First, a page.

If you’ve ridden Yamaha’s older 150cc FZ, in its pre fuel-injection days, you already know exactly how it delivers power. It’s uncanny how similar the new bike feels to those Yamahas. The engines have similar character, of refined and silken smooth nature, while they sound a shade gruff when hard on the throttle - pushing the bike to unleash all its performance potential.
The engine is flexible - power builds up smoothly and a strong wave of acceleration is apparent from right after idle. Unlike the sweet revving Honda’s in the segment, it once again is more like the Yamaha bikes, providing good low and mid range grunt, but power tapers off rapidly after that - after that the top end of the rev band feels only mediocre. The good thing is that you don’t need any more than this when riding in city traffic, and there’s a feel of bullet-proof reliability.
Unlike the earlier 6-speed GS150R, the Gixxer comes with a 5-speed gearbox, shifting with precise, light feel in a one-down, four-up pattern. The gear ratios are well suited to this engine, and the Gixxer comes with a nicely weighted, light feeling clutch.
Performance is at par for the class - our tests prove that the Gixxer is good for a 60kph sprint in 5.61seconds from rest, thereon zipping past 100kph in 19.25secs. We achieved a true top speed of 115kph pushing the Gixxer to its limit, throttle pinned open to the stop in top gear.
The Gixxer uses a single downtube, steel tubular frame that bolts in its engine as a stressed member. A clear advantage for the new bike over all its 150cc rivals in India is that it offers the rigid benefit of fat 41mm front forks, working with a seven step adjustable single rear shock.
You sit ‘in’ the bike, with a nice feeling of control, thanks to wide handlebars that make for excellent leverage while changing directions. The upright riding position is comfortable, while our long hours in the saddle prove that the bike is well padded and roomy enough for even riders as tall as 6 feet.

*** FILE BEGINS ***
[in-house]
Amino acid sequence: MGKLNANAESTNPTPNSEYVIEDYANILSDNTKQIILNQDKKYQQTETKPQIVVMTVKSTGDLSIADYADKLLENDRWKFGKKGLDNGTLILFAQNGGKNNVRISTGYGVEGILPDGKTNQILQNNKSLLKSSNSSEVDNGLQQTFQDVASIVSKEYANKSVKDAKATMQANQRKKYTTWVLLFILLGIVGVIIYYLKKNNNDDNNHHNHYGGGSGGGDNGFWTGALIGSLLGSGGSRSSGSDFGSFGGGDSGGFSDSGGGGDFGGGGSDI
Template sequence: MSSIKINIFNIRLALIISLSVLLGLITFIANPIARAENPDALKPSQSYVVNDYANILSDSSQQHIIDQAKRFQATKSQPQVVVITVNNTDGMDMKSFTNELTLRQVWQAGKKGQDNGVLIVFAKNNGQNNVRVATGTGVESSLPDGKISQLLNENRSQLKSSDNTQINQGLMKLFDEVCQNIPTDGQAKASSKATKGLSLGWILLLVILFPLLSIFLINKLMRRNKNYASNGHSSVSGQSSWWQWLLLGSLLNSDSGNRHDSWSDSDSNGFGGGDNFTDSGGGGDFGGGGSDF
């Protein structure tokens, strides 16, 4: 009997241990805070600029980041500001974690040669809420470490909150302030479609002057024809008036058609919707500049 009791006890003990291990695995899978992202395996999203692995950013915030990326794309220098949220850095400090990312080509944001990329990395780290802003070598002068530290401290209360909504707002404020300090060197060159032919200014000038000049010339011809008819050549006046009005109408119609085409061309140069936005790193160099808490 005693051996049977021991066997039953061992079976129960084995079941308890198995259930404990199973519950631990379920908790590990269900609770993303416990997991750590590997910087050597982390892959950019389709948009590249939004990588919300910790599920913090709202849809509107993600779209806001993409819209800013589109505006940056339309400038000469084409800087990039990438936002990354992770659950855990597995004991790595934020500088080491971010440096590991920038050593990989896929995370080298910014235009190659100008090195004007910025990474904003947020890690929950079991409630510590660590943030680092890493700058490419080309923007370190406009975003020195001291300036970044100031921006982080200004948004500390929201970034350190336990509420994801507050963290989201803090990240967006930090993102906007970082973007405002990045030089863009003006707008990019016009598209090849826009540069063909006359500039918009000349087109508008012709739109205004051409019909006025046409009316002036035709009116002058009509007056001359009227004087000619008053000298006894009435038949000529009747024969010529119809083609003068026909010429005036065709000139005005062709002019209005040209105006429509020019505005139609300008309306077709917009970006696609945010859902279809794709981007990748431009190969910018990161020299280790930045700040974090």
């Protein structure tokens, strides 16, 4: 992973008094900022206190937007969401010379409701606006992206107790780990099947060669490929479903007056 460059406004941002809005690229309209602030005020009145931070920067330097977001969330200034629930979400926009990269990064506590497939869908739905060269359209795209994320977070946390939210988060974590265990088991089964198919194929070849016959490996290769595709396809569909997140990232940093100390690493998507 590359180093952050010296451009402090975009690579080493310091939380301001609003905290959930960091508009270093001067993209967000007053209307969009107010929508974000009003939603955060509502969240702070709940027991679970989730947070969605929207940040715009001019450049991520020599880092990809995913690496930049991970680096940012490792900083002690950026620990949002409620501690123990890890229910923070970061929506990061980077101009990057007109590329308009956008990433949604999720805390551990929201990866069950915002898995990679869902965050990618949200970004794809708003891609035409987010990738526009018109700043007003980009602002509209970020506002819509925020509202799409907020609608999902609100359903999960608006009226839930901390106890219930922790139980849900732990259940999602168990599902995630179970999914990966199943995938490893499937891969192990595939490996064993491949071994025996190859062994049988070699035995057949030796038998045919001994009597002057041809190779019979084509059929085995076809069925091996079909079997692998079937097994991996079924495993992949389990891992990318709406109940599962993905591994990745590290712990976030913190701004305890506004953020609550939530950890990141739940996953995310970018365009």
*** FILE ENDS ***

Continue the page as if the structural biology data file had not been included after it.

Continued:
Once again, taking a leaf from Yamaha, the Gixxer excels to provide excellent MRF tyres, tubeless front and rear - the rear also offers radial construction. There is lots of traction available on all surfaces, and the ride quality is just right as well. Our test bike felt nicely sprung, neither too soft nor too harsh when punching over potholes. The Gixxer rides with light, fleet footed feel, turning into corners with a confident and willing nature. Straight line stability is good, and so are the light high-speed cornering manners.
The large 266mm front disc brake and 130mm rear drum brake work well when used in tandem to haul the zippy bike down; they feeling powerful and provide strong bite.
The 135kg Gixxer is capable of reasonable efficiency for a 150cc bike, returning 41.7kpl in the city, and 44.2kpl when tested on the highways.
It’s unquestionable then - Suzuki has hit the nail smack on the head with the Gixxer. There’s nothing lacking on the motorcycle. In fact, the company is, on the contrary, offering more than most of their competition on this attractive new machine. This leaves just one question - just how good does the new Gixxer score on the value-for-money meter? At Rs. 72,199 (ex-showroom, Delhi) they clearly have this covered too, slotting the competent, high quality, soundly engineered motorcycle in with an edge.
We have long criticised the company and have frowned at all their previous commuter bikes, but the Gixxer overturns that, winning our approval as a well-rounded, overall good motorcycle. The Gixxer makes for a top class 150 that’s ready and able to take on the very best in its segment. There's no two ways about it.